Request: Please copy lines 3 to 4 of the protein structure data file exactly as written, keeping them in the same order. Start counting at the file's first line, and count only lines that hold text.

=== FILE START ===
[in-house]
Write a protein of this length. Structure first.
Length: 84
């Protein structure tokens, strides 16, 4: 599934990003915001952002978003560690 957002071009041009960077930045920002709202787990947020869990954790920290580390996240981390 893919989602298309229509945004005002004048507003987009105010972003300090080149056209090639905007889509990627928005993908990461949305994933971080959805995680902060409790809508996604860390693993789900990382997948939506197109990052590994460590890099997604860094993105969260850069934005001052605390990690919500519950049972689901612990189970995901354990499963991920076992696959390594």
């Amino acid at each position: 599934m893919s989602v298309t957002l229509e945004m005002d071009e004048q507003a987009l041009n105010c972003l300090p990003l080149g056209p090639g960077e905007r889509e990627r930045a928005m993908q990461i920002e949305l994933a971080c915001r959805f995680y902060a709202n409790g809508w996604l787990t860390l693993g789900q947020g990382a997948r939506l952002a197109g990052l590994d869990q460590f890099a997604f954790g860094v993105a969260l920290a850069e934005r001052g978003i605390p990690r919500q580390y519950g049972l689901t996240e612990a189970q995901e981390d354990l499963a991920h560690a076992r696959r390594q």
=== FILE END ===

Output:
Length: 84
């Protein structure tokens, strides 16, 4: 599934990003915001952002978003560690 957002071009041009960077930045920002709202787990947020869990954790920290580390996240981390 893919989602298309229509945004005002004048507003987009105010972003300090080149056209090639905007889509990627928005993908990461949305994933971080959805995680902060409790809508996604860390693993789900990382997948939506197109990052590994460590890099997604860094993105969260850069934005001052605390990690919500519950049972689901612990189970995901354990499963991920076992696959390594």